Interleukin 2-induced lymphocyte proliferation is independent of increases in cytosolic-free calcium concentrations

G. B. Mills, R. K. Cheung, S. Grinstein, E. W. Gelfand

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    Abstract

    Activation of lymphocytes by mitogenic lectins initiates a sequence of events that culminates in DNA synthesis and cell proliferation. The mitogenic effects of lectins on T lymphocytes leads to the production of a group of lymphokines including the interleukins. The binding of interleukin 2 (IL 2) to its receptor results in activation of the cell leading to DNA synthesis. An increase in cytosolic-free Ca++ ([Ca++](i)) is associated with activation of lymphocytes by mitogenic lectins and also appears to be a prerequisite for induction of DNA synthesis and cell proliferation. We have dtermined whether the proliferative response triggered by IL 2 binding to its receptor is associated with or requires an increase in [Ca++](i). Using human and murine IL 2-sensitive cell lines, we have demonstrated that the IL 2-induced proliferative response, in contrast to that induced by mitogens such as phytohemagglutinin or concanavalin A, is not accompanied by an increase in [Ca++](i) as monitored by the fluorescent indicator quin-2. Furthermore, IL 2-dependent triggering of lymphoblasts occurs in the presence of extremely low extracellular calcium concentrations that prevent transmembrane calcium flux. Activation of IL 2 receptor-bearing T cells, therefore, does not appear to be associated with or to require an increase in [Ca++](i) as part of the activation and signaling process. The critical step requiring calcium flux in cell signaling by mitogenic lectins must therefore occur elsewhere in the activation cascade.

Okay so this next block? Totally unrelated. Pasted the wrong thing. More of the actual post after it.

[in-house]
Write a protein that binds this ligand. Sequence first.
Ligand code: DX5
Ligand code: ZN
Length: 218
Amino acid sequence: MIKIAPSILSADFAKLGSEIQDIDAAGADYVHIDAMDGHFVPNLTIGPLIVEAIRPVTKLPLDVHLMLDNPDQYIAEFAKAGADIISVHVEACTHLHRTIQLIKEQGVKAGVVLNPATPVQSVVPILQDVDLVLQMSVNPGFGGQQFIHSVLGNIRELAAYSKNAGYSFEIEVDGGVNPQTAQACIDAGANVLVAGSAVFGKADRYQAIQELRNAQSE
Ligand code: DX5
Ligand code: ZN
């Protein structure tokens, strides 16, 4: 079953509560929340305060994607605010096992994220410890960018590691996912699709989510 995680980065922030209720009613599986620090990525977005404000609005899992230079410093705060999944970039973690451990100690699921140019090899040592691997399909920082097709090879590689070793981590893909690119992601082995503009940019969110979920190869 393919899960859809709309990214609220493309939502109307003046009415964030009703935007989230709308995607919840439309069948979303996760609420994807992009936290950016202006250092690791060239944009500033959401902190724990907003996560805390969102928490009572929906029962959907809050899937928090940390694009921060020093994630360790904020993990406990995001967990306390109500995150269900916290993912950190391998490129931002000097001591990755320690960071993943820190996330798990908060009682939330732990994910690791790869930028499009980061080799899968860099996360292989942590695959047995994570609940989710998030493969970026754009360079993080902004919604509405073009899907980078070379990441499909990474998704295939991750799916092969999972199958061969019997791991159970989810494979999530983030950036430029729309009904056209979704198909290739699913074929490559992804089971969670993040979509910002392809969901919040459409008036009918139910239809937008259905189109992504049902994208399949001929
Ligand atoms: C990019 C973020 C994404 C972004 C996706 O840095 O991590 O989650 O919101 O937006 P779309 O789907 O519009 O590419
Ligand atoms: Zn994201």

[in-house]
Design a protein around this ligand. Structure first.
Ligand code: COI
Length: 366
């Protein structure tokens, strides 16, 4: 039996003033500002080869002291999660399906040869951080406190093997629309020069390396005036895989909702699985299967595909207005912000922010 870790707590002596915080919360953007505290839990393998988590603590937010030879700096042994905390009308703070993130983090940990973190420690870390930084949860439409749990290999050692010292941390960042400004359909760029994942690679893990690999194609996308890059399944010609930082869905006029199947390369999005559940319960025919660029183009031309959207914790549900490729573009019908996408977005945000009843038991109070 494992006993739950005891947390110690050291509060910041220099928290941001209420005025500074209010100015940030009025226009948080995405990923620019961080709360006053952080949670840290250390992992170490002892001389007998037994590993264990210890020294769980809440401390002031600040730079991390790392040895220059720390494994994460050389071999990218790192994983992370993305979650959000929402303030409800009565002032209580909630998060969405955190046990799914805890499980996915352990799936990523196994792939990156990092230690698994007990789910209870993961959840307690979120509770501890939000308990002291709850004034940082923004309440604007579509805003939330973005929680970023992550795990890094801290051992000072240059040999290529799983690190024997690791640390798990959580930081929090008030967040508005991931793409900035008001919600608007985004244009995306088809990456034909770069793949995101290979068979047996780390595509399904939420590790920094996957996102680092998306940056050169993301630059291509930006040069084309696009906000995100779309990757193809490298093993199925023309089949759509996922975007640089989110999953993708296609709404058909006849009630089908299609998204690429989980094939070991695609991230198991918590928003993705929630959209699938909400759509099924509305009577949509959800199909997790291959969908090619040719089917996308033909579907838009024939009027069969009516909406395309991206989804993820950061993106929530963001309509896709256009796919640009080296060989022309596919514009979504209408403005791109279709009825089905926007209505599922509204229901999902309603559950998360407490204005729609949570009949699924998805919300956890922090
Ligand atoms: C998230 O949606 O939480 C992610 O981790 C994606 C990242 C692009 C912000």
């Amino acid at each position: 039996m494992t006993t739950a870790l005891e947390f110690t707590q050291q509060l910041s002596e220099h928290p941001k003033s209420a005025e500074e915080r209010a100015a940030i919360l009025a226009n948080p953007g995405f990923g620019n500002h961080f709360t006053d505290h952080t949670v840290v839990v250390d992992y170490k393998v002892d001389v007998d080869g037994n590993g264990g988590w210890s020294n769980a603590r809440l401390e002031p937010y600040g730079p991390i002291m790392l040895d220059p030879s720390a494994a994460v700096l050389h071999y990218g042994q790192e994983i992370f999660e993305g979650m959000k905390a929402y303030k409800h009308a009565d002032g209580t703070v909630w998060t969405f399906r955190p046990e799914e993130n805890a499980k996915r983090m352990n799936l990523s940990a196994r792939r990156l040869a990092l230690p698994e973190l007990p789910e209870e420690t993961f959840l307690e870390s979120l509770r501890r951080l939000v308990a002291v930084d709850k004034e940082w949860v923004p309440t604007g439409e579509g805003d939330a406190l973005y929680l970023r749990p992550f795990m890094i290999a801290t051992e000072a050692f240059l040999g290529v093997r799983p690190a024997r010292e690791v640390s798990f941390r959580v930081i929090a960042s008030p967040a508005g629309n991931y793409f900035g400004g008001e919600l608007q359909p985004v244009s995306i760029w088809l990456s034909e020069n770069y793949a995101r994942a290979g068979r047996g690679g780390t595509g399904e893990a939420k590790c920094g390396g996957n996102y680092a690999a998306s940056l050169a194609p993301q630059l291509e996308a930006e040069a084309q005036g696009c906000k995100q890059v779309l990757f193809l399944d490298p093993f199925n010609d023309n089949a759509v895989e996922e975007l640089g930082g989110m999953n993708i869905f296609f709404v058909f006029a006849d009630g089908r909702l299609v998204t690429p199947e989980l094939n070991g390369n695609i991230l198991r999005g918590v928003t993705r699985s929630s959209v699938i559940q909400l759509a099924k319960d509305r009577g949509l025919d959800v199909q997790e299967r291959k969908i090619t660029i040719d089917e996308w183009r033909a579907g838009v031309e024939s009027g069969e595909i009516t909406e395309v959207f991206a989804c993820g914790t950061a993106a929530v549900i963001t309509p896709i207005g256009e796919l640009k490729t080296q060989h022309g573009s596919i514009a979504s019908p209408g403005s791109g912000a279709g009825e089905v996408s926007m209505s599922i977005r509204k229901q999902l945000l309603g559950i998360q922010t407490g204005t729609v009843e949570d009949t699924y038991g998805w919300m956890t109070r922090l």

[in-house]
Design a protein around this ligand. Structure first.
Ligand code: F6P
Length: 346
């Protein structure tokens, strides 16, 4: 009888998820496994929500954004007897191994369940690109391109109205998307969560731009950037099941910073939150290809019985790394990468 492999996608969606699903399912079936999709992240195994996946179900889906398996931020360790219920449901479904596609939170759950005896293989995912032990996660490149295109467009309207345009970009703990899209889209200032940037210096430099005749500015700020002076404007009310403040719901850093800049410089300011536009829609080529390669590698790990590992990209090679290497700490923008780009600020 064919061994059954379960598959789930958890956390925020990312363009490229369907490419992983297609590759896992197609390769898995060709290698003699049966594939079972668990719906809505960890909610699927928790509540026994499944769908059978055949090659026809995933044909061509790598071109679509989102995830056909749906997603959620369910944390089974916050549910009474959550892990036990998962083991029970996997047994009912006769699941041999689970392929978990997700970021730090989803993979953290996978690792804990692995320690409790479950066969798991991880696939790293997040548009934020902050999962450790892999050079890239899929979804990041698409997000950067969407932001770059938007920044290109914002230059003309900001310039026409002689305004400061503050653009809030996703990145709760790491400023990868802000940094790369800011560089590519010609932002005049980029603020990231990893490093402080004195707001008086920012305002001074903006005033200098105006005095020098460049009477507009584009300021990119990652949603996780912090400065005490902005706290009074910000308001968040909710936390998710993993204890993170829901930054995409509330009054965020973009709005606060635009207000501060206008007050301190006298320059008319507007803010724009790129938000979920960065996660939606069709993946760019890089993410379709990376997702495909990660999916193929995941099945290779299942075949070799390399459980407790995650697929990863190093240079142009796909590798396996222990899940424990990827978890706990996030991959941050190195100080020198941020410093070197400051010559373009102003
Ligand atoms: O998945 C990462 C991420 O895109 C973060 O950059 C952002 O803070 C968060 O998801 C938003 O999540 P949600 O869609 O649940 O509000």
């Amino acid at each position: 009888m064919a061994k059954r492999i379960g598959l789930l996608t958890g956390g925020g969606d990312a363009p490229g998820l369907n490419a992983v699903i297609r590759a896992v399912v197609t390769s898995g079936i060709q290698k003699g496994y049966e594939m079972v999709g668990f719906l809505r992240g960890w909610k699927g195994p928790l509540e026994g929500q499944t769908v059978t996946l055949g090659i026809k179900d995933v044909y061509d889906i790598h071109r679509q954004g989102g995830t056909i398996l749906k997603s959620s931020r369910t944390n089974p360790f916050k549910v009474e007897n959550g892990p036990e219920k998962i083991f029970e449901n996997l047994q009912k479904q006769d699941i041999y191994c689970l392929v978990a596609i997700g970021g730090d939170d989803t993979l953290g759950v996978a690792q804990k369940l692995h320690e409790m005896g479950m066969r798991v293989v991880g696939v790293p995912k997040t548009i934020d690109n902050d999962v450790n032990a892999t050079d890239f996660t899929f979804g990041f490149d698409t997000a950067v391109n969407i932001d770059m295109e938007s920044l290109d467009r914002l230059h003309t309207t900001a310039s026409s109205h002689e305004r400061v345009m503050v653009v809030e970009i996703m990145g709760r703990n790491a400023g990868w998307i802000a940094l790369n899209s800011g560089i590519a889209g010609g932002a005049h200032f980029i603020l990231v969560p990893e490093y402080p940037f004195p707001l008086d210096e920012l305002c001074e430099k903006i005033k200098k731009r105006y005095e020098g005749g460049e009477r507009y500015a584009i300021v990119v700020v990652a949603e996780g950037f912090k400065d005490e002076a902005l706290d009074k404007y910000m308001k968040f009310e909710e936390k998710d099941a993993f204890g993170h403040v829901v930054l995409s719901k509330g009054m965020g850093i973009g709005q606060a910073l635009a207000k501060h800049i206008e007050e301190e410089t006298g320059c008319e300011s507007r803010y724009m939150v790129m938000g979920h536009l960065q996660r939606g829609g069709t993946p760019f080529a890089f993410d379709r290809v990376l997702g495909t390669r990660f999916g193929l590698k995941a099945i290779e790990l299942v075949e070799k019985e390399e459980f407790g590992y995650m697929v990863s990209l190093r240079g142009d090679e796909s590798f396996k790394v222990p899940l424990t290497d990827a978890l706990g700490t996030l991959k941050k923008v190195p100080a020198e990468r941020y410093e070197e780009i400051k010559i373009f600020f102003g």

Original languageEnglish (US)
    Pages (from-to)2431-2435
    Number of pages5
    JournalJournal of Immunology
    Volume134
    Issue number4
    StatePublished - Jan 1 1985

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    ASJC Scopus subject areas

    • Immunology and Allergy
    • Immunology

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